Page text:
English 396
History of the English Language
Grant T. Smith, Ph. D.
MWF: 9-9:50
Classroom: NC 204
Office:  MC 536
Phone: 796-3485
Required Text: A History of the English Language (fourth edition), by Albert C. Baugh and Thomas Cable, New Jersey: Prentice Hall, 1993.  The text is available at the college bookstore.

This semester we will study the history of the origins and development of the English language.  We will examine the nature and function of the language in our lives, how and why it gives us pleasure, purpose, and even discomfort, and how we shape the language today!  We will also examine relevant linguistic issues including Ebonics, spelling pedagogy, slang, sexism in language, composition pedagogy, and standard versus nonstandard English usage.

We will use a combination of lectures, class discussions, and individual presentations.  Because much of the material will probably be new to the students, I strongly encourage perfect attendance and engaged preparation through careful reading of the assignments.

There will be no exams for this class.  The students will keep a portfolio of personal essay responses to class reading assignments (chapters) and discussions, as well as a collection of published essays from professional journals.  The portfolio will count as 50 percent of the final grade.  Each student will be assigned to lead the discussion of one chapter in the book.  For this exercise the student will be asked to prepare handouts, questions, articles, notes, audio or video works appropriate for that chapter.  This exercise will count as 25 percent of the final grade.  The students will also prepare individual projects that focus on any element of the history of English, and they will present that project to the class the weeks of April 26 and May 3. The project proposal must be approved by the professor before the midterm, the project must be submitted to the professor in written form during finals week.  The project will count as 25 percent of the final grade.  Anyone who has more than three unexcused absences during the semester will be penalized by 1/2 letter grade.  Anyone who has more than six unexcused absences will be penalized an additional 1/2 letter grade.  Any student who accrues more than six absences during the semester will be asked to withdraw from the class.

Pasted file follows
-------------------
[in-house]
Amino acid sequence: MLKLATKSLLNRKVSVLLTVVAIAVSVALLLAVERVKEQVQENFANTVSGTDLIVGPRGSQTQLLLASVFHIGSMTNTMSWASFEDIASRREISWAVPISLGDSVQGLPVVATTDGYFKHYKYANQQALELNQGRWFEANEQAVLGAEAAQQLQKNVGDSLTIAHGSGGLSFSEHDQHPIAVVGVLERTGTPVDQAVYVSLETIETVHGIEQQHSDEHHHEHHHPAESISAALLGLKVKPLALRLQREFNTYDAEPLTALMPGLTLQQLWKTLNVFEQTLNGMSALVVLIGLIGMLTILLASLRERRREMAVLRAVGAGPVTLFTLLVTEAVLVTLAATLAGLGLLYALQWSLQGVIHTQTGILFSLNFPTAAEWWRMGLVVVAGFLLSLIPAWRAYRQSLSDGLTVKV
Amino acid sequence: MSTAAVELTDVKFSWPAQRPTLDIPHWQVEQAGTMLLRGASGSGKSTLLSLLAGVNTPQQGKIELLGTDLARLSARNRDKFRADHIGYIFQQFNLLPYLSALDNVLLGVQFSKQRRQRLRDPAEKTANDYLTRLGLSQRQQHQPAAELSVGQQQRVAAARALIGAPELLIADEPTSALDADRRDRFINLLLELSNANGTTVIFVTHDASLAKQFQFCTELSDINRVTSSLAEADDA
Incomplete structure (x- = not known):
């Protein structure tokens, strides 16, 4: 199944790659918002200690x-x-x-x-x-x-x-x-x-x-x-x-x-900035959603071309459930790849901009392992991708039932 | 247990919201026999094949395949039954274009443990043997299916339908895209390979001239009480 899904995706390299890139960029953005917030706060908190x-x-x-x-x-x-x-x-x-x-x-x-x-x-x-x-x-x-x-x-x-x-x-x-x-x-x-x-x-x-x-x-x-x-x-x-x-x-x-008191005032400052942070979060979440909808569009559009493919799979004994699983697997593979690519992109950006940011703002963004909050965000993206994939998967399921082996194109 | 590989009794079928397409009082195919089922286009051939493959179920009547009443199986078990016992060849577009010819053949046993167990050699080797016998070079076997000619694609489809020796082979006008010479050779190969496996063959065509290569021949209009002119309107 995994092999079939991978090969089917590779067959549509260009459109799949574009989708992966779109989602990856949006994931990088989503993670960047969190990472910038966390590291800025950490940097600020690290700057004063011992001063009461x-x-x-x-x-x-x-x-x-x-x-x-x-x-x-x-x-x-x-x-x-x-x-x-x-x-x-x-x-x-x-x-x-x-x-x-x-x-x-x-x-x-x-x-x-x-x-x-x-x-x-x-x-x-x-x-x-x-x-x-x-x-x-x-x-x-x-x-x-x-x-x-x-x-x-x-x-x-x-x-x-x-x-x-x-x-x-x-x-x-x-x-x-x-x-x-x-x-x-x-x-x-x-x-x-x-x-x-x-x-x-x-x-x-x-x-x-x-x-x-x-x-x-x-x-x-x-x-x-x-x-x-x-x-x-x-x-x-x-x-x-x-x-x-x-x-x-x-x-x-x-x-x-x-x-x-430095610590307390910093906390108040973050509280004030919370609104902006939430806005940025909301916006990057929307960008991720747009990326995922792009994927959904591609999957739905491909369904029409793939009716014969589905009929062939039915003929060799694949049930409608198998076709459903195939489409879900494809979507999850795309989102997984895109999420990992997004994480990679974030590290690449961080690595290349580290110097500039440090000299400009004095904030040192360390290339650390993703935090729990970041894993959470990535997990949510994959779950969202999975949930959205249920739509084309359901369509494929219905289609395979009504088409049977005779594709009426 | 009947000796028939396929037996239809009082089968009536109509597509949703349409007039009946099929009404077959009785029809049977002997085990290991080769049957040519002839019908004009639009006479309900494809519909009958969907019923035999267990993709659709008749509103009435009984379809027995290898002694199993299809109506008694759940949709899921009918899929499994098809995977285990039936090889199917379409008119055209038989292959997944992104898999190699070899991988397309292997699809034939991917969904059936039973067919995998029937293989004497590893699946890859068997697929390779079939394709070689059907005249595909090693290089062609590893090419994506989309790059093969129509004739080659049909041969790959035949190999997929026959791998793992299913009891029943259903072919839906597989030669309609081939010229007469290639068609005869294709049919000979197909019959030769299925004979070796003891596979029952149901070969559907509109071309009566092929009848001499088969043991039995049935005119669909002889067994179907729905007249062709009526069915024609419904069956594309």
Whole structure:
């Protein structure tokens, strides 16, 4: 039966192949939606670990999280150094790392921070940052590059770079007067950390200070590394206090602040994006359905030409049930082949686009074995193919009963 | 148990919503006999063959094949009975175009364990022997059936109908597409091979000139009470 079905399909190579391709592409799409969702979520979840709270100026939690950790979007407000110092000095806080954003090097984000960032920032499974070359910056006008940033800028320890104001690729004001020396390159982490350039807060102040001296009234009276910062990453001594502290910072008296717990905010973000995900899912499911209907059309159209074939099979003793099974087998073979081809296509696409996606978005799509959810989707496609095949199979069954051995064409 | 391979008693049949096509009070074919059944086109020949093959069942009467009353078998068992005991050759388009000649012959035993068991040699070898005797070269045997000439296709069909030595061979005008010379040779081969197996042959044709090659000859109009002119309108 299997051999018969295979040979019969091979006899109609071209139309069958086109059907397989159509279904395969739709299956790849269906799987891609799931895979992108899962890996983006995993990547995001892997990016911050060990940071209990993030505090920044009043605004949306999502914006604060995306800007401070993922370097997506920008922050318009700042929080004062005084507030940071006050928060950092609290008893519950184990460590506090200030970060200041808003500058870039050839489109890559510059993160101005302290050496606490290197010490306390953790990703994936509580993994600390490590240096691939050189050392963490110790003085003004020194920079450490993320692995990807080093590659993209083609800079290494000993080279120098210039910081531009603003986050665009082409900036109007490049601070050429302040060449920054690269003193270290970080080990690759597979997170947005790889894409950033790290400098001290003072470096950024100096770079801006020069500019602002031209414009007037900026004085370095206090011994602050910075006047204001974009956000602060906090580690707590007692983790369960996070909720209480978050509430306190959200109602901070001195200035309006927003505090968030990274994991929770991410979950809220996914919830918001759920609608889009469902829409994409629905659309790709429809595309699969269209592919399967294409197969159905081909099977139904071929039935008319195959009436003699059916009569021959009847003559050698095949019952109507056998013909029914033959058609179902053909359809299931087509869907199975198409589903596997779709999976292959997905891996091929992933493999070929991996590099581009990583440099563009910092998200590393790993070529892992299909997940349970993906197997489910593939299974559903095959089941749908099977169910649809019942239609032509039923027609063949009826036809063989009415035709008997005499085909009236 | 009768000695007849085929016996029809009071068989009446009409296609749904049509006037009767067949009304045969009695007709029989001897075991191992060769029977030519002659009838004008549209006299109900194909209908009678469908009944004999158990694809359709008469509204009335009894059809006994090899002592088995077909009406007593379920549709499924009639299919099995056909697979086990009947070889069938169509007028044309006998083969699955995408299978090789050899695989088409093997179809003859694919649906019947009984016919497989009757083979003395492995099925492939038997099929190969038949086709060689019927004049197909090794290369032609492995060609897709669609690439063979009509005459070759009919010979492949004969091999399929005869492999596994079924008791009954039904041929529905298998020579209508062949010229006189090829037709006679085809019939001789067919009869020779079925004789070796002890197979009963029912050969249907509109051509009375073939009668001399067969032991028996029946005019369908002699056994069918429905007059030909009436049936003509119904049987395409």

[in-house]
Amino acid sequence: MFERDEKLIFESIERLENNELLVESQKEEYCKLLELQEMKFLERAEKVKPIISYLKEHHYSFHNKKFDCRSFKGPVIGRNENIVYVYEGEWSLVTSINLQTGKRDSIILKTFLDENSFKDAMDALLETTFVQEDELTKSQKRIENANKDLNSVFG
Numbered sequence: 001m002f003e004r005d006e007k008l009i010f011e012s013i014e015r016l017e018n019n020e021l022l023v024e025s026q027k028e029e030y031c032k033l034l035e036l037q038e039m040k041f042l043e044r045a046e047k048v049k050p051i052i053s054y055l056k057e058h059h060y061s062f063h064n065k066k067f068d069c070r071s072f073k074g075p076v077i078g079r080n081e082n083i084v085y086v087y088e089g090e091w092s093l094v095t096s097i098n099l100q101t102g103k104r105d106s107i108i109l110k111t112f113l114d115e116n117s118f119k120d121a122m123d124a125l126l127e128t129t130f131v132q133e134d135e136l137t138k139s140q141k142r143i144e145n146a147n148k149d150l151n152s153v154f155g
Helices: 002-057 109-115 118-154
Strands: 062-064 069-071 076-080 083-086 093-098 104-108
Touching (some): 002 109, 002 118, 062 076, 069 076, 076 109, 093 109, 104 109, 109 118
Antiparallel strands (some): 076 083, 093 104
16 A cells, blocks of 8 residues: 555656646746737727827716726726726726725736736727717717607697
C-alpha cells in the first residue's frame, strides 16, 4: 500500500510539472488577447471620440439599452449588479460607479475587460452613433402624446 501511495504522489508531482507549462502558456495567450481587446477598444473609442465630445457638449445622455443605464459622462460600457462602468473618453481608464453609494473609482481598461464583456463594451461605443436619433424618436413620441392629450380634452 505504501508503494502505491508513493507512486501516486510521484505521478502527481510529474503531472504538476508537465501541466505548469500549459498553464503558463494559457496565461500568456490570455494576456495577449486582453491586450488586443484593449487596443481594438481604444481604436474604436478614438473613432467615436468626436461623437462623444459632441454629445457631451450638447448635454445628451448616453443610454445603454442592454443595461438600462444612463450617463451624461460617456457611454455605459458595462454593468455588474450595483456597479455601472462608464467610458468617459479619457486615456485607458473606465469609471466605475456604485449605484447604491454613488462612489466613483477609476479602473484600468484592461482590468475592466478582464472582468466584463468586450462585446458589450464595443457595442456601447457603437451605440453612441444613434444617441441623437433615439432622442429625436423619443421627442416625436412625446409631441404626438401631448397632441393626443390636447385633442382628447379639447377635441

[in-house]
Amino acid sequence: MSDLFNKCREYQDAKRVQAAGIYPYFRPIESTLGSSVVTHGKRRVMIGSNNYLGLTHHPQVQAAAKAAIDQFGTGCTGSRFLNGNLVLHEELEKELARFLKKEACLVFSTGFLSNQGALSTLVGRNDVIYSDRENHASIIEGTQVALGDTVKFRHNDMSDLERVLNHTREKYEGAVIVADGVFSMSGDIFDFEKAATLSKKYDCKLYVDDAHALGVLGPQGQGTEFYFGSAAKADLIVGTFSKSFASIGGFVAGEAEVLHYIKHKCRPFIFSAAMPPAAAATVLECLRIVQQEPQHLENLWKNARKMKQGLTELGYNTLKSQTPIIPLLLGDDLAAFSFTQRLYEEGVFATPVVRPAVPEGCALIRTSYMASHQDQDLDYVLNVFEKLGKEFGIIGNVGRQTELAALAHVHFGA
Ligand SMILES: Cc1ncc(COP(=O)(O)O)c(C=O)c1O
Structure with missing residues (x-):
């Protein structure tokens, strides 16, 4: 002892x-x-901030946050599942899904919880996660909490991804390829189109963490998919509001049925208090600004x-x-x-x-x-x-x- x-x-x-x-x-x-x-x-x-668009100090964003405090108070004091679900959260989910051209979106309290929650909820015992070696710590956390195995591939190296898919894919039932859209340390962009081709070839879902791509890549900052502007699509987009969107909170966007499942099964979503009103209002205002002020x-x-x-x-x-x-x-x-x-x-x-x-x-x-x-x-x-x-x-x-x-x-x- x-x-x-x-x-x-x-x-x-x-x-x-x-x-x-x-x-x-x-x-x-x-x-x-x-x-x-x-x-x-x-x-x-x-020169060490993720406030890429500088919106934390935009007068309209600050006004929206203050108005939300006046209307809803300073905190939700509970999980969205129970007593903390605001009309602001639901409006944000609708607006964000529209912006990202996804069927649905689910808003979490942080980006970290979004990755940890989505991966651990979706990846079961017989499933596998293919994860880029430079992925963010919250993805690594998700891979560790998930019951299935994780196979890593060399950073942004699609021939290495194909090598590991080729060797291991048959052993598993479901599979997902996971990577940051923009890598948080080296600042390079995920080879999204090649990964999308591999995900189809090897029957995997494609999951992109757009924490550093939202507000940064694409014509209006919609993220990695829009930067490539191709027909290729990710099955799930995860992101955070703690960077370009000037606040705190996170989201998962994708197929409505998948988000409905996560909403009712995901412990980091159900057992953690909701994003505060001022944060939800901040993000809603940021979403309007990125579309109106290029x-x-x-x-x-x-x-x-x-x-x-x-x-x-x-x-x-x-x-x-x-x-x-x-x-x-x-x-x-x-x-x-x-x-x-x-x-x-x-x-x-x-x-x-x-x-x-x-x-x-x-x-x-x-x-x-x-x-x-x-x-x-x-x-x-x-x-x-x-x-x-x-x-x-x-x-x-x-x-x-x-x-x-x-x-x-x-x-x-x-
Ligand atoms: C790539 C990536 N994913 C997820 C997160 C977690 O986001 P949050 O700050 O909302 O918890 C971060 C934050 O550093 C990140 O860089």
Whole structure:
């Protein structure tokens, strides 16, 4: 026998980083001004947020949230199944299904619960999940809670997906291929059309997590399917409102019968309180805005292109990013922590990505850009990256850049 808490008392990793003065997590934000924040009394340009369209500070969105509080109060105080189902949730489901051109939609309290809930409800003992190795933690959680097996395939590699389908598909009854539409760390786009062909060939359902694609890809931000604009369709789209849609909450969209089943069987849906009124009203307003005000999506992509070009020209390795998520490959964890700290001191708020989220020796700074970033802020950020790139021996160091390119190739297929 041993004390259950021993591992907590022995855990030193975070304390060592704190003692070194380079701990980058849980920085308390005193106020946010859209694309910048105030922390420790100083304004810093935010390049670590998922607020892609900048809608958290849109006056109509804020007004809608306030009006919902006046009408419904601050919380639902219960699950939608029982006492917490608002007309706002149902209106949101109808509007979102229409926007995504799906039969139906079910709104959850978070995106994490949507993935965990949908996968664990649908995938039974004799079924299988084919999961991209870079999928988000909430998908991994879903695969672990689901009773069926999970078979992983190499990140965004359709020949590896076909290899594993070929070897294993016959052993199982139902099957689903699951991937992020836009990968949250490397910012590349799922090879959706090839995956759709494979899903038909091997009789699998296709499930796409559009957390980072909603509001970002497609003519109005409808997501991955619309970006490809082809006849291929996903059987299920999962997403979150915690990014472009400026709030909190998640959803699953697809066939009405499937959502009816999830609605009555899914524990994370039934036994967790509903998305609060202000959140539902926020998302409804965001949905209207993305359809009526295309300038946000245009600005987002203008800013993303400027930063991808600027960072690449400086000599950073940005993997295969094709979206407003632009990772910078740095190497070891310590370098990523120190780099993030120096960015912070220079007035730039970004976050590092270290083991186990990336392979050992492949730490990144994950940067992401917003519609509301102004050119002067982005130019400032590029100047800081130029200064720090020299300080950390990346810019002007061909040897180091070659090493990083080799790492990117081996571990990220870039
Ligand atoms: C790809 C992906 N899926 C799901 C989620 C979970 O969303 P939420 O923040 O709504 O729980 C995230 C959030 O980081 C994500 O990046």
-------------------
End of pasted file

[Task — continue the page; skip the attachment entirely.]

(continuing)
Week One: January 15 Introduction to the History of English
Week Two: January 22 Chapter One, "English Present and Future"
Week Three: January 29 Chapter Two, "The Indo-European Family of Languages"
Week Four: February 5 Chapter Three, "Old English" -- Tiffany Ertman and Leah Wyland
Week Five: February 12 Chapter Four, "Foreign Influences on Old English" --  Melissa Bender, and Kelly Doering
Week Six: February 19 Chapter Five, "The Norman Conquest and the Subjection of English, 1066-1200" -- Julie Weimar, Eric Slette and Ryan Hamilton
Week Seven: February 26 Chapter Five, "The Norman Conquest and the Subjection of English, 1066-1200"
Week Eight: March 5 Spring Break
Week Nine: March 12 Chapter Six, "The Reestablishment of English, 1200-1500" Joshua Olsen
Week Ten: March 19 Chapter Seven, "Middle English" -- Karen DuCharme, Matt Metzger, and Emily Heser
Week Eleven: March 26  Chapter Seven, "Middle English" (continued)
Week Twelve: April 2 Chapter Eight, "The Renaissance, 1500-1650" -- Nick Kotek and Sarah Grennan
Week Thirteen: April 9 
Easter Vacation April 12-16 
Chapter Eight, "The Renaissance, 1500-1650" (continued)
Week Fourteen: April 18 Chapter Nine, "The Appeal to Authority" Joe Dawson
Individual presentations
Week Fifteen: April 23  Chapter Ten, "The Nineteenth Century and After" 
Individual Presentations
Week Sixteen: April 30 Chapter Eleven, "The English Language in America" -- Sasha Myhrom 
Individual Presentations
Week Seventeen: May 7 Final Exams and Individual Presentations

Important Web Sites:

Click here for Dr. Edwin Duncan's web page on The History of English Language
Click here for the History of English Language Home Page
Click here for the University of Toronto's Home Page on The History of English Language
Click here for the Oxford English Dictionary Home Page
Click here for a "Linguistics" home page
Click here for one of the best "help list" web sites I've seen
Click here for a good web site on Native American languages

Additional Fun Web Sites on English and Grammar